A good thumb: is the "couple" a single unit of apples? Or is it a number of apples? Generally, "a couple" [as in "a few"] represents a number.
Here, when you say "there are a couple of apples," you are really saying:
There are two apples
Hence the plural "are" is correct. However, consider the following:
A pair of aces is the best hand in Texas Hold'em.
To reiterate: the decision is based on whether the subject of the sentence is a singular or plural noun. It does NOT matter whether the noun refers to one or many things. A couple [of items] is a plural noun. A pair is a singular noun. Unfortunately, as far as I can tell this needs to be memorized case-by-case.
My pants are blue
My pair of pants is blue
The newborn twins are happy
The kids are happy
The parents are happy
The whole family is happy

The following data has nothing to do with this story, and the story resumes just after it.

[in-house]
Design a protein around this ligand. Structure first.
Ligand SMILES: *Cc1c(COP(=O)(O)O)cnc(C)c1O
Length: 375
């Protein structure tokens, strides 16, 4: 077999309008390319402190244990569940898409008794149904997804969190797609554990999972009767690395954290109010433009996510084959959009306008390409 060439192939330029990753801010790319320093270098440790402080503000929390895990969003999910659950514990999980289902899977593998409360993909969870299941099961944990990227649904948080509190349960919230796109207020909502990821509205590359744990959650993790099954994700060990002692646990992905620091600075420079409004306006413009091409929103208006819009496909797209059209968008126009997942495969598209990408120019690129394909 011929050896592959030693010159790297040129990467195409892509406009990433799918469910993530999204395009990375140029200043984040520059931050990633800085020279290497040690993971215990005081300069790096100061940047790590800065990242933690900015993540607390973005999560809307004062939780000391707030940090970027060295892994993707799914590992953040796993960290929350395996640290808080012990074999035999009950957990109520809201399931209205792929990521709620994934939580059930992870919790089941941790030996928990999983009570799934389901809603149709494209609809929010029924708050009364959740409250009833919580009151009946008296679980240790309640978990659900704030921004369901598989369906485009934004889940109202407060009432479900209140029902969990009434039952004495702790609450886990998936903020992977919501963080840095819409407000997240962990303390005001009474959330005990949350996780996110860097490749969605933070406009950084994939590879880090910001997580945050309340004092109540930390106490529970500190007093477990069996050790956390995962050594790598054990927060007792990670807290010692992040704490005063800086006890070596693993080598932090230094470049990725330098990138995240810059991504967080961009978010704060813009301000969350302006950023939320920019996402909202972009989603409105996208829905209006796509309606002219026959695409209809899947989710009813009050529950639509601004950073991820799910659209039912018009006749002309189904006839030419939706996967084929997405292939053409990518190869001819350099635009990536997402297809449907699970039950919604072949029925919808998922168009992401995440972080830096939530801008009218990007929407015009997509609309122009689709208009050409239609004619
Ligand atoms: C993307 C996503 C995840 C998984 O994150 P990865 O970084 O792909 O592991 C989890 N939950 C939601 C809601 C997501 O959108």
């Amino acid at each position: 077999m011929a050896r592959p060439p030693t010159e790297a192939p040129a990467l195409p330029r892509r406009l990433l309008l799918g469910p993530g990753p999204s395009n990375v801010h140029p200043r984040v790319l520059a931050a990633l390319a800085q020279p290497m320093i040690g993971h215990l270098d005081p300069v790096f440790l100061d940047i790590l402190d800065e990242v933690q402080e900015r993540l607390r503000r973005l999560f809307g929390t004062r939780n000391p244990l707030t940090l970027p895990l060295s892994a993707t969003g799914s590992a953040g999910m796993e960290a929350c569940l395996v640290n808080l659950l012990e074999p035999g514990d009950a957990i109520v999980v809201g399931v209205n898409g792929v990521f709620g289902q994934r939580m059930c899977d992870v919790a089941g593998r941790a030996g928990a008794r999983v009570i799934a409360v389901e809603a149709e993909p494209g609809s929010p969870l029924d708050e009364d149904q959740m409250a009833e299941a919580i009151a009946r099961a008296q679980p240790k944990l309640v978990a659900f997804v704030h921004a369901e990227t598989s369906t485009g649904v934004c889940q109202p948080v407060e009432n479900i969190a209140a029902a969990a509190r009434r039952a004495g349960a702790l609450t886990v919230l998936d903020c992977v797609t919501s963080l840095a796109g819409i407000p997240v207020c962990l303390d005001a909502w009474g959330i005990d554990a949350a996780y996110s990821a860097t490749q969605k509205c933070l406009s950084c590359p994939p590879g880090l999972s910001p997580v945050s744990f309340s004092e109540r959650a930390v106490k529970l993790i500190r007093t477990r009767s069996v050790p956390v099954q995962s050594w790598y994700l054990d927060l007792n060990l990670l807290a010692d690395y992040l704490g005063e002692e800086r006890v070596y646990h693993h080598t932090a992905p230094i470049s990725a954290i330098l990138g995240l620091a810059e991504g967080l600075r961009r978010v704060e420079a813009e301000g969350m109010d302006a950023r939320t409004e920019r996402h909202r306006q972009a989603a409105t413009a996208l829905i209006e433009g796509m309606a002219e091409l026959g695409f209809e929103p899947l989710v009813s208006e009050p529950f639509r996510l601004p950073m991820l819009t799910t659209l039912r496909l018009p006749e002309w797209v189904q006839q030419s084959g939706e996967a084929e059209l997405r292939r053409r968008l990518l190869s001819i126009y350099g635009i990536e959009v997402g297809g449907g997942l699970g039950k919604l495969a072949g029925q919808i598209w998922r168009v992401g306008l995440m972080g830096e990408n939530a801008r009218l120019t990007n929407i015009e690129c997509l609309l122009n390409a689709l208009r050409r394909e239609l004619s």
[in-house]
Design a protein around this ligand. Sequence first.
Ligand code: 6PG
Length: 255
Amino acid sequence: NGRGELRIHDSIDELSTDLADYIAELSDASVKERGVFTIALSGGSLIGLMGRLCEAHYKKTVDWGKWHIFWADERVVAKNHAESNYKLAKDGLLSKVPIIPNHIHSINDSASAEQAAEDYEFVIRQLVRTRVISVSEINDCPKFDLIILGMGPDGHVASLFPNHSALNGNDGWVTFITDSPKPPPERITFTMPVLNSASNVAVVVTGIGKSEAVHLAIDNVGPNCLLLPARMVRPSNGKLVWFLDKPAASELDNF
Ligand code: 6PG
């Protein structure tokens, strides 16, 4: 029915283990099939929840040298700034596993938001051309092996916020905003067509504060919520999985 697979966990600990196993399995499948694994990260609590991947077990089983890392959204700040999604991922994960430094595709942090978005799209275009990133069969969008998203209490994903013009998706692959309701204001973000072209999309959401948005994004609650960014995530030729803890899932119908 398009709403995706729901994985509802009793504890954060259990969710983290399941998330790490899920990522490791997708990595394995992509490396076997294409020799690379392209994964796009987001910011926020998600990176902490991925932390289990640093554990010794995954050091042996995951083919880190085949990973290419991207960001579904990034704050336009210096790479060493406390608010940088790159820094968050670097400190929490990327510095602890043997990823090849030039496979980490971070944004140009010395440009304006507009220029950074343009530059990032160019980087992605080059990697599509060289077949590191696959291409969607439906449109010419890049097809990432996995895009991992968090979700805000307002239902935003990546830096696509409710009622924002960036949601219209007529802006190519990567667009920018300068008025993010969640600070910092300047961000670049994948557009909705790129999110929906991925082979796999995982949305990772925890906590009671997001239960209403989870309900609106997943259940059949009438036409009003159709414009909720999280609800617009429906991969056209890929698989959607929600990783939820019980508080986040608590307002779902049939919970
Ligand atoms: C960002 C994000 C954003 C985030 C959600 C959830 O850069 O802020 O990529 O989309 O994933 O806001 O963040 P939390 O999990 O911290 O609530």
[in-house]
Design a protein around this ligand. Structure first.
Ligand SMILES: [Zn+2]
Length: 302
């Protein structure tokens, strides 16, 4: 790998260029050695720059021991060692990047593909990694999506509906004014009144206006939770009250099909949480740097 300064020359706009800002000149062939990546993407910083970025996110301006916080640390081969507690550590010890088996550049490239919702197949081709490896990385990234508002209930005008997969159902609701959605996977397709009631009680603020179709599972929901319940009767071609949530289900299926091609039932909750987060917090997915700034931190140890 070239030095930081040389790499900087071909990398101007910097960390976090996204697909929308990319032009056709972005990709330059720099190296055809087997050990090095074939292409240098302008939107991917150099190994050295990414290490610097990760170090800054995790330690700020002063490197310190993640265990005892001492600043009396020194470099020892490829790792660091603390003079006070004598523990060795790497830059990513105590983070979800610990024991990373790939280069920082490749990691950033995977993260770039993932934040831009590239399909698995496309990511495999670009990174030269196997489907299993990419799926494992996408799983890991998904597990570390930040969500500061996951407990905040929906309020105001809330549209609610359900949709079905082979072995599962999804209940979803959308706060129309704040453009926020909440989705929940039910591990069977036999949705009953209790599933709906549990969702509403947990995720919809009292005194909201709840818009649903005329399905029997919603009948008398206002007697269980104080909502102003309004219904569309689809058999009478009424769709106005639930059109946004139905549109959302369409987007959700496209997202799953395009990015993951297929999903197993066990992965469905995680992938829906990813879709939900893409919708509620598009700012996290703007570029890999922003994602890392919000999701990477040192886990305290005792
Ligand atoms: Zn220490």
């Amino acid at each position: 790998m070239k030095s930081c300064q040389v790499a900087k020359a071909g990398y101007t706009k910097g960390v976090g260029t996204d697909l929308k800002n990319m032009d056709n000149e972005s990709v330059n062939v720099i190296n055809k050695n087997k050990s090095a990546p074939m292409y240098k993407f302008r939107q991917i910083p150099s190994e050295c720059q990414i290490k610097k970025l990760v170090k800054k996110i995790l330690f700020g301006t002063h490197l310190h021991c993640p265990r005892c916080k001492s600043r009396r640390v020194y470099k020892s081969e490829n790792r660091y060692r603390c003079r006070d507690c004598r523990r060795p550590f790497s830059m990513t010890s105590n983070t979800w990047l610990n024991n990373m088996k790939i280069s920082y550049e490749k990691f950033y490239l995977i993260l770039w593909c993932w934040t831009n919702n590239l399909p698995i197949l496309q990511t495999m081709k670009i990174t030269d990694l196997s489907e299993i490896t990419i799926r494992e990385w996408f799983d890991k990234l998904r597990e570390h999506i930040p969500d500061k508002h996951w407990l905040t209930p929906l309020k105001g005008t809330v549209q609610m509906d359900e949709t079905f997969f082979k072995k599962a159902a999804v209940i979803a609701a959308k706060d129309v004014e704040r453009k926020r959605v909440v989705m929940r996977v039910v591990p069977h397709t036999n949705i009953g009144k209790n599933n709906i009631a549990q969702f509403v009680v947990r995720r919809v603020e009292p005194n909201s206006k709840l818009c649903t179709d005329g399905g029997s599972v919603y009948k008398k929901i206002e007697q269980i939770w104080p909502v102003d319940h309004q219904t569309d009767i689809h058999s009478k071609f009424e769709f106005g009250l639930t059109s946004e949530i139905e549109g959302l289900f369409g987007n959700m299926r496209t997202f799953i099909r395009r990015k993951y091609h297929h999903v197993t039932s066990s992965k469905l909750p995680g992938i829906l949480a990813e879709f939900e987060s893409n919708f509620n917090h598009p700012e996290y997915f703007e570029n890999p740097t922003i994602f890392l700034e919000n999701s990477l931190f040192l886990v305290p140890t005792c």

The married couple is happy
A pair, a family, and a married couple are all single objects. "Twins" refers to a group of people.
The twins are happy
The Republicans are happy
The human race is happy (The human race is not a group of people, it's rather a single race, as opposed to the Martian race or the Dolphin species.)
Again, all that matters is "what term is the subject of the current sentence?", no matter what the term refers to.
That married couple? I hope they are happy. ("They" is the subject of the second sentence, which is a plural noun.)
The twins are very troublesome.
The twins? That pair is very troublesome. ("That pair" is a singular noun.)
The twins are a troublesome pair. ("The twins" is the subject - it doesn't matter that the subject describes a single pair.)